With age comes change and if you’re an early adopter to embracing that, you’ll feel more like you’re along for the ride rather than life riding you. It took me a while to look at it that way as it’s much easier to complain about change than it is to embrace it, but easier doesn’t always mean correct. She and I gained some new friends, detached from some old ones, learned from past-tense life experiences and grew into new ones. It was kind of like what happened on FRIENDS as they coupled off and started making babies, things changed but the group remained together.
My clan and I very much lived a FRIENDS-like existence in college. Our apartments were mostly within walking distance of each other and we didn’t need an invitation to show up at each other’s doorsteps. Most of our non-class time was spent together, many times watching FRIENDS while talking about how our lives mirrored what we were watching on TV. Some people wish for that sort of existence, we were lucky enough to organically happen into it.
By the time we connected, I’d grown out of the phase where I felt I needed a large net of acquaintances around me. I made room for the people who were important and they were enough. But just because that was my temperament didn’t mean it was everyone else’s. There would frequently be exterior people around; people I knew from experience would orbit out of our sphere soon enough.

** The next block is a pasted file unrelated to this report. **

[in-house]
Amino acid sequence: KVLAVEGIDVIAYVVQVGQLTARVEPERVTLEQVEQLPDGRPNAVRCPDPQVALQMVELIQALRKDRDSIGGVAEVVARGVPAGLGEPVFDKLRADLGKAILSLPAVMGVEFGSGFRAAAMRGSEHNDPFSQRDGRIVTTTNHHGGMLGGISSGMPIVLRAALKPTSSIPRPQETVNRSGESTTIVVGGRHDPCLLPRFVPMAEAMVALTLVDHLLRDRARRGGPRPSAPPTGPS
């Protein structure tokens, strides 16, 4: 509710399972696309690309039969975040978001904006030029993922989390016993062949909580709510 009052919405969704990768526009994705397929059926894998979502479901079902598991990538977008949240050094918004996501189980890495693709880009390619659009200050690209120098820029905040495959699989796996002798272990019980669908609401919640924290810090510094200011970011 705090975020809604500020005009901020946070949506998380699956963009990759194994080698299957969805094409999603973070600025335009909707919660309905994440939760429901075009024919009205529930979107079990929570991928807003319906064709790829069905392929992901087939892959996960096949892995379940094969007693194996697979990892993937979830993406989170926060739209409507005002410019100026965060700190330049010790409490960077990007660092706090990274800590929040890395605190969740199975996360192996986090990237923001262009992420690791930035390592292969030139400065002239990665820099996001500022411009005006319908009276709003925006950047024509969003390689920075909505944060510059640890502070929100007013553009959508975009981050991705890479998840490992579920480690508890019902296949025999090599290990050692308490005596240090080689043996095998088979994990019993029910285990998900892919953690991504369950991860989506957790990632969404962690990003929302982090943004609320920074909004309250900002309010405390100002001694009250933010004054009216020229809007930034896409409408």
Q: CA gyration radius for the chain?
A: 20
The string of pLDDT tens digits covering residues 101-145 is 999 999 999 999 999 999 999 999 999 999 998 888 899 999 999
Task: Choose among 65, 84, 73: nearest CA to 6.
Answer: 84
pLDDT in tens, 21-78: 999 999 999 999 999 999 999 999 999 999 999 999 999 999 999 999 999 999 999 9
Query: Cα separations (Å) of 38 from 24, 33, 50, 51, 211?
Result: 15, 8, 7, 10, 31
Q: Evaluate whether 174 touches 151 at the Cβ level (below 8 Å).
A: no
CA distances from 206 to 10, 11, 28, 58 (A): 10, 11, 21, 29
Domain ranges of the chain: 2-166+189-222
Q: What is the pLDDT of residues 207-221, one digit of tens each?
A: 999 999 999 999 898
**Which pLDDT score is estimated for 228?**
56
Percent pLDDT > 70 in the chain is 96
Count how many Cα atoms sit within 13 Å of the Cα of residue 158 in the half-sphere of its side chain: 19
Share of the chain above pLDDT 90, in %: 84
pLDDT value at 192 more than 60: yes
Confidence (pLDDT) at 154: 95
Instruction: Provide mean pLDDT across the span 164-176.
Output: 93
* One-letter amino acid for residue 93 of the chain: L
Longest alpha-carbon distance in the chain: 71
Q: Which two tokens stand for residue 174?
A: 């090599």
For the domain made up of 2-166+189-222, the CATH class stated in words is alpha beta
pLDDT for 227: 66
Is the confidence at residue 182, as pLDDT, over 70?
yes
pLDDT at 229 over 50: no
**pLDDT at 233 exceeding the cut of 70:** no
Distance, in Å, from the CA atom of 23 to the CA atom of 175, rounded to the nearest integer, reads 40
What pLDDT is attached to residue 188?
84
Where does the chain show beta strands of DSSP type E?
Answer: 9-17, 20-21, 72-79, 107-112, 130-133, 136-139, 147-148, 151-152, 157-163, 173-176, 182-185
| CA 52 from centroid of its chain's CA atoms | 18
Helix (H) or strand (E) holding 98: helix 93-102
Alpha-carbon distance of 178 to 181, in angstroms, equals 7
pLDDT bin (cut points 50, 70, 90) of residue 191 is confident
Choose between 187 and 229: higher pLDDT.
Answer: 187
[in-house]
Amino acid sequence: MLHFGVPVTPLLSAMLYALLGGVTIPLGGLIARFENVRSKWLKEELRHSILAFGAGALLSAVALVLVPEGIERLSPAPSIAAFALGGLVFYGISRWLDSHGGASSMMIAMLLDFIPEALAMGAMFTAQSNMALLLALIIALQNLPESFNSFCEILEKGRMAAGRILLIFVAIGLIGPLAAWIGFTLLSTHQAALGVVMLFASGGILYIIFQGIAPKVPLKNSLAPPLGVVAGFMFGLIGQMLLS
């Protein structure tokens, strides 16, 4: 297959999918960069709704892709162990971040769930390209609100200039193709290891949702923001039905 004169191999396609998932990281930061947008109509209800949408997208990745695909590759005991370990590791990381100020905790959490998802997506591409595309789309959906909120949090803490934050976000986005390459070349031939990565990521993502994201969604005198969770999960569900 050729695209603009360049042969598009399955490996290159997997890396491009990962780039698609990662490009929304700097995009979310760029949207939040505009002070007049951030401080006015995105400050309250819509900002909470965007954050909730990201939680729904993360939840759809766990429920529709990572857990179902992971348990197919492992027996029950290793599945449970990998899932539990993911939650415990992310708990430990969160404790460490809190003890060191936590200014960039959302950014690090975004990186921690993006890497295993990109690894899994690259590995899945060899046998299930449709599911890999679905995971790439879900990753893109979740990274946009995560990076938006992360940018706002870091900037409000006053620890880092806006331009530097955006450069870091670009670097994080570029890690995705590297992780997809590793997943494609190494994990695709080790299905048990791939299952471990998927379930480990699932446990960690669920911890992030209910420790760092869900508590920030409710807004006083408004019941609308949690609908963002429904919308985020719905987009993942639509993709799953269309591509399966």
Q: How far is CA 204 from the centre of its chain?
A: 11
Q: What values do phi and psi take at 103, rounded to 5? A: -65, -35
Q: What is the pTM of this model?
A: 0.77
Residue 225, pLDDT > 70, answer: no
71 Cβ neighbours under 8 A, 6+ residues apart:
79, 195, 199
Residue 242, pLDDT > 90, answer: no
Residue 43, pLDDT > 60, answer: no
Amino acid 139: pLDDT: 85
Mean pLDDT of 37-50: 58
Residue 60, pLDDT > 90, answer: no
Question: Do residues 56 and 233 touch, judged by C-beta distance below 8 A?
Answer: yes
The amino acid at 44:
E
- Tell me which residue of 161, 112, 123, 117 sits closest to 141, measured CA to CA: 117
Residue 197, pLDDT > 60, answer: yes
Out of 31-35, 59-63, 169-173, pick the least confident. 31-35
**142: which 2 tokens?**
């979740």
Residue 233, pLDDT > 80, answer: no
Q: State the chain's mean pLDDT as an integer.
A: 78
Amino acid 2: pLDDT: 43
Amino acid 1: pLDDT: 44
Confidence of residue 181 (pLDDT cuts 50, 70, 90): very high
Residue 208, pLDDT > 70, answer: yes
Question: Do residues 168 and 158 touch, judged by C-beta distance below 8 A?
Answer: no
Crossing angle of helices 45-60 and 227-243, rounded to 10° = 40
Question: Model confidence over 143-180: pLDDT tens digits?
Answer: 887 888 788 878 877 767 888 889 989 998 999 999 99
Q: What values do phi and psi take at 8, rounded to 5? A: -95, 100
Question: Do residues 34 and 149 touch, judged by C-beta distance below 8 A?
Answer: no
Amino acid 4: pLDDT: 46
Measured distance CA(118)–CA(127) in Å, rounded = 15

Our last year in college, Lisa made all kinds of new friends, all at once. To be fair, each of us had friends outside our little clique—we had great friends outside our little clique—but I didn’t care to make room for these new people. Discernment may be one of my spiritual gifts (along with sarcasm and shouting), and felt like I could see the fire ahead of the smoke. I didn’t say anything about it to her but I’m incapable of hiding my feelings—they seep through my expression like cheesecloth—so she and everyone else knew how I felt about these slow orbiters. In the vacuum of that silence, I became calloused very quickly, like watching a cartoon character turn to stone. It’s a stalwart defense mechanism that usually does me more harm than good and it’s one of my defaults I’m slowly working at reprogramming.
She began spending more and more time with them and less and less with me. Looking back at the ebb and flow of that period of my life, I should’ve taken a seat, popped a Xanex and waited for things to calm down. When you have such a deep, almost telepathic connection with someone and it’s interrupted without warning or weather advisory, it’s natural to feel lost and disoriented. This is a classic friend break-up story, fodder for B-level comedies and half-season story arcs on an ABC show.